William Jackson | For virus detection, don't write off signatures
- By William Jackson
- Apr 14, 2007
Antivirus companies have long competed on their ability to quickly update signature files for detection of the latest malicious code. In some quarters, signatures have become pass' and companies now tout behavior-based blocking as one of the latest and greatest features of their products.
But it would be unwise to put too much faith in behavior-based protection, often called heuristics, by itself. Heuristics is only the tail of this dog. Signature detection provides the muscle.
Signatures are a digital fingerprint of sorts that antivirus engines can use to identify bad actors when scanning code. This is an effective technique with a glaring weakness: It can be used only against known threats. There is an inevitable window of vulnerability between the time a threat is launched and the time it is discovered and a signature is written and deployed. Brand-new attacks often can slip right through a good antivirus engine. Behavior-based detection is intended to thwart zero-day threats by looking for and flagging inappropriate behavior by code.
But heuristics has its own shortcomings. Some tests by an Austria-based organization called AV-comparatives seem to indicate that nothing else protects your computer as well as a good old-fashioned signature-based engine that is kept routinely updated.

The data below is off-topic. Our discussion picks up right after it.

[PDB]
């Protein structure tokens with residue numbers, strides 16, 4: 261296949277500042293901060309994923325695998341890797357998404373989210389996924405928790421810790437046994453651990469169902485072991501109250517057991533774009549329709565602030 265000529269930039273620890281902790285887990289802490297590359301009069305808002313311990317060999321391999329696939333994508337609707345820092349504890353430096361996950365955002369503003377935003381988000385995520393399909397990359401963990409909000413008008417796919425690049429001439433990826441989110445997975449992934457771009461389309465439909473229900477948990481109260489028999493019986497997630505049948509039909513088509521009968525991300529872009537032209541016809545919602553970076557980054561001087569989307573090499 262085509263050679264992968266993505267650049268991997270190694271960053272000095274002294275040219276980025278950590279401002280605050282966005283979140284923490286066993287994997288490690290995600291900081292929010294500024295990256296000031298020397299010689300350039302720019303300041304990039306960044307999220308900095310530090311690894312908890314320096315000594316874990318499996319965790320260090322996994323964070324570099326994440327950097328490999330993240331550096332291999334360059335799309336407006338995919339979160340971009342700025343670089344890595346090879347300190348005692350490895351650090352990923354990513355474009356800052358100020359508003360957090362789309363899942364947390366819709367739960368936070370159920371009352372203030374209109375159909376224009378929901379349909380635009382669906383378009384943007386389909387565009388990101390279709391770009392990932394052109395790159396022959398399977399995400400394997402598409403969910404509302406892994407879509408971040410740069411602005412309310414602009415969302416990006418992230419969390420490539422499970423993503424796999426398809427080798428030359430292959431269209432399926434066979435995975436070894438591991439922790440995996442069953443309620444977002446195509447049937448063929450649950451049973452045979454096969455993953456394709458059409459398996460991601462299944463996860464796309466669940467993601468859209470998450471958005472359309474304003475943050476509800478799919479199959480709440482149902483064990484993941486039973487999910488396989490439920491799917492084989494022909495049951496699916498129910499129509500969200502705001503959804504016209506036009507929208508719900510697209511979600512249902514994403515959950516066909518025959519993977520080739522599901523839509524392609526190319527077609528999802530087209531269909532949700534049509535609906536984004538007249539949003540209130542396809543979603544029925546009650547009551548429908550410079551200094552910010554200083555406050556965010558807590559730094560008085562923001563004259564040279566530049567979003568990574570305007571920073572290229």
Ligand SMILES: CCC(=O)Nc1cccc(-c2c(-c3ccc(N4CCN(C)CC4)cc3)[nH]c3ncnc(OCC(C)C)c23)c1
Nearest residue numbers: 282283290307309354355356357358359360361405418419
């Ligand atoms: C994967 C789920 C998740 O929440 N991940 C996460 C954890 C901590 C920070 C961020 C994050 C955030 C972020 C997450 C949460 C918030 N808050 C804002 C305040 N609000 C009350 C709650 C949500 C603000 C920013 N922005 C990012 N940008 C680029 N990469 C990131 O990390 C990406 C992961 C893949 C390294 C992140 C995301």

This is not to say that behavior-based scanning is not a valuable ' indeed, a necessary ' capability for an antivirus product. But don't let hype about heuristics distract you from the importance of keeping signatures updated.
AV-comparatives routinely tests leading antivirus products against samples of malicious code. It then puts the products on ice for three months and tests them again, without signature updates, against samples that have appeared in the wild in the past 90 days. The results of this retrospective test should be an indication of how well each product's heuristic detection is working.
The folks at AV-comparatives are touchy about anyone using the test results without permission, and with good cause. It would be easy to take results out of context and give an incomplete or incorrect picture of the performance of a particular product. So you can check out the results of their most recent tests for yourself at www.av-comparatives.org.
Although heuristics results in these tests might appear disappointing, your mileage may vary, the testers point out. The results are not an assessment of absolute quality, but a comparative indication of performance for that time period with that particular set of samples.
'Users shouldn't be afraid if products have, in a retrospective test, low percentages,' they caution. 'If the antivirus software is always kept up-to-date, it will be able to detect most of the samples.' Users can feel safe with any of them, they conclude.
With these caveats in mind, I think it is possible to draw a broad conclusion about the performance of behavior-based virus detection. In general, heuristics by itself does not seem to be as reliable as signature-based detection. How effective it is on any particular product will depend on the settings it operates with. You probably could improve the detection rates, but this is likely to come at the cost of increased false positives or slower performance. Like so much of security, it is a trade-off.
Heuristics is a backstop to your antivirus engine, providing an additional layer of defense against zero-day attacks, but it is not something you want to rely on exclusively.
So just because a vendor talks up the advanced heuristics capabilities of your latest antivirus tool, do not fall prey to the temptation to ignore the signature updates. They still are your first and best line of defense.
William Jackson is freelance writer and the author of the CyberEye blog.